How Crazy is English!!! – Adjective Order

This is part of an occasional series showcasing the wacky crazy and lovable world of the English language.

I’m a native English speaker. I also have a degree in English, and I have a teaching certification in English and English as a Second or Other Language. I also teach English pronunciation. To make things worse, I read a lot – in English. English is kind of my jam (something I enjoy a lot).

I also have to laugh at the crazy things about English that I “know” as a teacher/speaker/reader/etc., but that I forget about until they’re right in my face (made very obvious).

There is a (somewhat) strict order for the adjectives that are used before a noun.

“Huh?” you might ask. “What difference does it make”

It’s completely true! It’s not as strict as, say, the order of a sentence (the vast majority of sentences in English are in subject-verb-object order), but it is pretty strict.

The adjective order is:

    1. Opinion (e.g., beautiful, handsome)
    2. Size (e.g., big, small)
    3. Age (e.g., young, old)
    4. Shape (e.g., triangle, round)
    5. Color (e.g., blue, yellow)
    6. Origin (e.g., British, American)
    7. Material (e.g., acrylic, leather 
    8. Purpose (e.g., running, as in running shoes; standing, as in a standing desk)

Like with most rules in English, it’s not absolute, but in a study of thousands of texts, this rule was obeyed about 78% of the time. (Much better odds than, say, the old saw about I before e except after c, which only applies to about 44 words in English, whereas 923 don’t follow the rule!)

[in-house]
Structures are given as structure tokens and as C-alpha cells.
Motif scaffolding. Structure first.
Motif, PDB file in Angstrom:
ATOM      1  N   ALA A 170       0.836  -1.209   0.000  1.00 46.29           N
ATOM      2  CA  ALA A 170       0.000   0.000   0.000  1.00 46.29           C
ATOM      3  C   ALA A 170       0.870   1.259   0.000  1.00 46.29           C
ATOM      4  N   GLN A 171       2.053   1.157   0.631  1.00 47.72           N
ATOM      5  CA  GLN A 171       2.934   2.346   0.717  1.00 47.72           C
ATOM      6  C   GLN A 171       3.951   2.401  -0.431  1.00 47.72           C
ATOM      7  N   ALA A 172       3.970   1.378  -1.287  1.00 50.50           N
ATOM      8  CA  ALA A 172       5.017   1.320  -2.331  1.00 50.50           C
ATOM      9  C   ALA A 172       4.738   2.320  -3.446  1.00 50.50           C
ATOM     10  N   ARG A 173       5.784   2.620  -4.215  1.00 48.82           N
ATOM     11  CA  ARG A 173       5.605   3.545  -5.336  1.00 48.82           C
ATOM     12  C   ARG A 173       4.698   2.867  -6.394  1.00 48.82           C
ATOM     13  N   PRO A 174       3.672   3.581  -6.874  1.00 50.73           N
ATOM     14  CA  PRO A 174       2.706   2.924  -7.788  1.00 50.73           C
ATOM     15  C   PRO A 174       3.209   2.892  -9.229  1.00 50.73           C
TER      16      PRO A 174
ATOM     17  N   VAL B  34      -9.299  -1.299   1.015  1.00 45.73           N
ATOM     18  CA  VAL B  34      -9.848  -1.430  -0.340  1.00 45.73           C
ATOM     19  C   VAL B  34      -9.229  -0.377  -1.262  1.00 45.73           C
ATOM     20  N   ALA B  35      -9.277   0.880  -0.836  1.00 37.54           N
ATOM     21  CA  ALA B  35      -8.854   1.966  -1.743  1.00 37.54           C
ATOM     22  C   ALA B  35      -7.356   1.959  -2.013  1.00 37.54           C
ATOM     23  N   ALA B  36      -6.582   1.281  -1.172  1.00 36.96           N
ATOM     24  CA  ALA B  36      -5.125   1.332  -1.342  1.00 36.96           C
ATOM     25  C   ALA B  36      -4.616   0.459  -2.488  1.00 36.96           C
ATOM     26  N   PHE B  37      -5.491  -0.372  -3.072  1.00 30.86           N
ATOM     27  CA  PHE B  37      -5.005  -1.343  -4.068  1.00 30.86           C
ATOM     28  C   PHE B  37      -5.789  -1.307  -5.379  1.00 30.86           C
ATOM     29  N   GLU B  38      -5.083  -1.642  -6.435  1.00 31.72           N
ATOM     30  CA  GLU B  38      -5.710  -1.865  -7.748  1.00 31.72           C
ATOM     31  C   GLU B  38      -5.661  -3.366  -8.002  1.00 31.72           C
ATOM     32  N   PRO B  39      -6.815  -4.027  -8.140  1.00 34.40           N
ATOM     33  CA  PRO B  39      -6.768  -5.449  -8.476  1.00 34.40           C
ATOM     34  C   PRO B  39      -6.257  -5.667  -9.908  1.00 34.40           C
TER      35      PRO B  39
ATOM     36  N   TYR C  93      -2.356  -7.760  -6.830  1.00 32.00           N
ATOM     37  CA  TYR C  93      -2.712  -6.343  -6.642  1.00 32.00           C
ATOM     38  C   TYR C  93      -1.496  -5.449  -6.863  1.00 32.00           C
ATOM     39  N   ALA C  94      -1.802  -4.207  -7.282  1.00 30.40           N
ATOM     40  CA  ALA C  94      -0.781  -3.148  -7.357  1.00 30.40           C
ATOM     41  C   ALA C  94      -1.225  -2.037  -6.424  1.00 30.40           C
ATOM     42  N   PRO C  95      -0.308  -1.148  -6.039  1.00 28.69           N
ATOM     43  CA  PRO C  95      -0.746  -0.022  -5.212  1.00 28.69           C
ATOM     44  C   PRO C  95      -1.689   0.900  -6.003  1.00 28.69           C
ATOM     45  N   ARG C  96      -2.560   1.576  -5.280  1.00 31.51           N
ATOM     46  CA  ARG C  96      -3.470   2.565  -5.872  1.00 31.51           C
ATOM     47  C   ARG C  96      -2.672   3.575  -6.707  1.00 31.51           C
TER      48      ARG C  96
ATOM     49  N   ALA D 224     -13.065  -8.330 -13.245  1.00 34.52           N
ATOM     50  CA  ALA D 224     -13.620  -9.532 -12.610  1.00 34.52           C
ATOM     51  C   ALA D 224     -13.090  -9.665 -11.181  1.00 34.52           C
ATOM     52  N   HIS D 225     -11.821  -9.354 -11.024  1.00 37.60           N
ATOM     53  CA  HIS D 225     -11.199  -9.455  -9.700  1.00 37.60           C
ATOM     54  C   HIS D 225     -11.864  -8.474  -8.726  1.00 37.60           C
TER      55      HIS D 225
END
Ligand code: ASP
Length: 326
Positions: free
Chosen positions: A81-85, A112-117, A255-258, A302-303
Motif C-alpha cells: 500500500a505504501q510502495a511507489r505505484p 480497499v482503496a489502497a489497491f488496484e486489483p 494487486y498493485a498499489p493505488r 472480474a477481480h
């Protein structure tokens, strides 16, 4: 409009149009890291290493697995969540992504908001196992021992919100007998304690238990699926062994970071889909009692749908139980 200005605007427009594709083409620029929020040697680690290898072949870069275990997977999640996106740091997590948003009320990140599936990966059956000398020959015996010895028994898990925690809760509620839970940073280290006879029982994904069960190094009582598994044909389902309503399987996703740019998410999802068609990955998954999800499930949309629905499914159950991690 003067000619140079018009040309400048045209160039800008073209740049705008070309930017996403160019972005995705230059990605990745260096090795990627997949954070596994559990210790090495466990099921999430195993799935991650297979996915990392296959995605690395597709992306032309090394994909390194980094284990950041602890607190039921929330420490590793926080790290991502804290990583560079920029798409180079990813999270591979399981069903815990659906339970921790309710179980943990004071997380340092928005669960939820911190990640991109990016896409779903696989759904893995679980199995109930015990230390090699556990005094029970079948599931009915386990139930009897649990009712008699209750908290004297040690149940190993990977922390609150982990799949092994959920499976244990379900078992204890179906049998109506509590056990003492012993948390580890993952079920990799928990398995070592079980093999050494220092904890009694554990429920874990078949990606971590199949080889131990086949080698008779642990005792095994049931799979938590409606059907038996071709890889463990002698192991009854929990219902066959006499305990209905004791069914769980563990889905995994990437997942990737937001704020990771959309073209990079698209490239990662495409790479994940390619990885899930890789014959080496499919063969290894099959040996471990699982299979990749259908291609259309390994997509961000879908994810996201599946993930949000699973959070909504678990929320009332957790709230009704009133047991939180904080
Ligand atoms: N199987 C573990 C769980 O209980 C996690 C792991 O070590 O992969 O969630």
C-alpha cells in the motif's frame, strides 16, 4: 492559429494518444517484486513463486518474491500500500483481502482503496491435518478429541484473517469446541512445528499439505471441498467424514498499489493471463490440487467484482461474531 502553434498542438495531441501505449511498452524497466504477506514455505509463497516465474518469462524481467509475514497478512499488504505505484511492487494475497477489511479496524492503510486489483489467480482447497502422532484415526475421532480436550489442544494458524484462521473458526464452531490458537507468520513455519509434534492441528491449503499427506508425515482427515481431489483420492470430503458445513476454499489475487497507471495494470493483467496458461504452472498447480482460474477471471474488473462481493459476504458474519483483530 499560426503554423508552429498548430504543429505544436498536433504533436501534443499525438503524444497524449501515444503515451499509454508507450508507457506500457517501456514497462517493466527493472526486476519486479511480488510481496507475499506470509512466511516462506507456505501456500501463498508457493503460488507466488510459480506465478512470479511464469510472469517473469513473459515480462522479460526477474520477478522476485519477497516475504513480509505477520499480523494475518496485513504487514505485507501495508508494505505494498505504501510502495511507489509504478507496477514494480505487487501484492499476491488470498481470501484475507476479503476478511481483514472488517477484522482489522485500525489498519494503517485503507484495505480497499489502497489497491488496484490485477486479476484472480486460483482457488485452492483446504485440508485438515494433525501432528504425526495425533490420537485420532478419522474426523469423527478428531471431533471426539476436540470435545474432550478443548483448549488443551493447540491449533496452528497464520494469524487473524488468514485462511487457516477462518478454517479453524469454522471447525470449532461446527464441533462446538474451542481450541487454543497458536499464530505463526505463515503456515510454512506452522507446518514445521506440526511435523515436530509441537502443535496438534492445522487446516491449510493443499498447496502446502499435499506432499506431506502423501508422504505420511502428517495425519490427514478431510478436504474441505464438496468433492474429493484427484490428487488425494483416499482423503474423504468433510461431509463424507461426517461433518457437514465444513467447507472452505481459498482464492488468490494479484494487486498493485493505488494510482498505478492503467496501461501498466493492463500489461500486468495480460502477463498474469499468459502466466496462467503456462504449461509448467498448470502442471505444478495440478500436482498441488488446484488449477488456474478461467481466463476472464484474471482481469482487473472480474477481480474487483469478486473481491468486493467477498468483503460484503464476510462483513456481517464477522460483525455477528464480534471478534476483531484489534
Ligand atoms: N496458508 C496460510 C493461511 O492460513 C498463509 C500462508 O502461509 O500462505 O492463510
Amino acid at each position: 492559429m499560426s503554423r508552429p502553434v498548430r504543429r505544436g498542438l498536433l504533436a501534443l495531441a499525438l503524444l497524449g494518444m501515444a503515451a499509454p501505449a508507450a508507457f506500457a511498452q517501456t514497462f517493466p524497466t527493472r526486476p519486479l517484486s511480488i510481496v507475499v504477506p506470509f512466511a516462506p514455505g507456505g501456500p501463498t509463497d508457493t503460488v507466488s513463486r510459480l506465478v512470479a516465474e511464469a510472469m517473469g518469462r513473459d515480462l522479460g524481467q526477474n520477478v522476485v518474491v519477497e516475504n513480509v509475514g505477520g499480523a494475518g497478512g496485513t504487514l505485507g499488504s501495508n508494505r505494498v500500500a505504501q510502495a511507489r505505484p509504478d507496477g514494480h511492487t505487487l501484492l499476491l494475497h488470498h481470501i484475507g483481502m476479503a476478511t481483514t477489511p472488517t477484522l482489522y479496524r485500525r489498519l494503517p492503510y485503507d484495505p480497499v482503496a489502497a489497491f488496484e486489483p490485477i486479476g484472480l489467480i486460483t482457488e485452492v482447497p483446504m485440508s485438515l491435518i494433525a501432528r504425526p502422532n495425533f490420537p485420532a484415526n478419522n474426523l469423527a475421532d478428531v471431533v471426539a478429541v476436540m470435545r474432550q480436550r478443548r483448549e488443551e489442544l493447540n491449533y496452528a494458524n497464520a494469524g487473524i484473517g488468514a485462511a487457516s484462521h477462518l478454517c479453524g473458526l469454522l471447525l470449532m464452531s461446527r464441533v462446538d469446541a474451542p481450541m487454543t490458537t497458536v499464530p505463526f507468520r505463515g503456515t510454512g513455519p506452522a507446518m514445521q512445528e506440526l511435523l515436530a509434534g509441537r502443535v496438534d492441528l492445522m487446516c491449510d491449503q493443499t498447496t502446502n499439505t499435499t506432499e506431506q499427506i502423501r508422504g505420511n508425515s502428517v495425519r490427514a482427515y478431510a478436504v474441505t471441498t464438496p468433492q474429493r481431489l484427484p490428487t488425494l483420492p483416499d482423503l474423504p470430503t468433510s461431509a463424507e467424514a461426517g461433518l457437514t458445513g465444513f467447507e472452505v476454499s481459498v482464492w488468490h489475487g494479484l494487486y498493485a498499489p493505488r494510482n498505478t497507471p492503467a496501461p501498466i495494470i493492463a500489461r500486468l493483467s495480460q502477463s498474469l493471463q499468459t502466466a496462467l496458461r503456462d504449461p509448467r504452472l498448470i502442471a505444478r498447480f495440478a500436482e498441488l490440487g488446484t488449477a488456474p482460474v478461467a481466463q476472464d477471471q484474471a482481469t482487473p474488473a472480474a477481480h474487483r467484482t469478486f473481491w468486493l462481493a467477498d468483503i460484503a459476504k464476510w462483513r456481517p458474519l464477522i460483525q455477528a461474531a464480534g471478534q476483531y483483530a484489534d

Which sounds better?

     The big round yellow light was really bright. or The round yellow big light was really bright.

     Her dog is a beautiful small brown Yorkshire terrier. or Her dog is a Yorkshire brown small beautiful terrier.

     That tiny new blue car is a Mini Cooper. or That blue new tiny car is a Mini Cooper.

For native English speakers, the first sentence of each of these pairs sounds better.

But, as always, there are exceptions!

If you want to emphasis a certain quality, you might put it at the beginning of the list of adjectives. For example, you might say, “I want the blue little box” to distinguish it from the black little box.

Also, in the written arts, creativity will often come before the rules. For example, Thomas Wolfe speaks of “brown tired autumn earth”, and Yeats discloses, “I strove/ to love you in the old high way of love.” Or the old fairy tale, The Big Bad Wolf.

Luckily, for most English language learners, this order is pretty common to some other languages as well, especially the Romance languages. So chances are, you’re probably already doing it right!

English can be crazy, but learning how to pronounce it doesn’t have to be!
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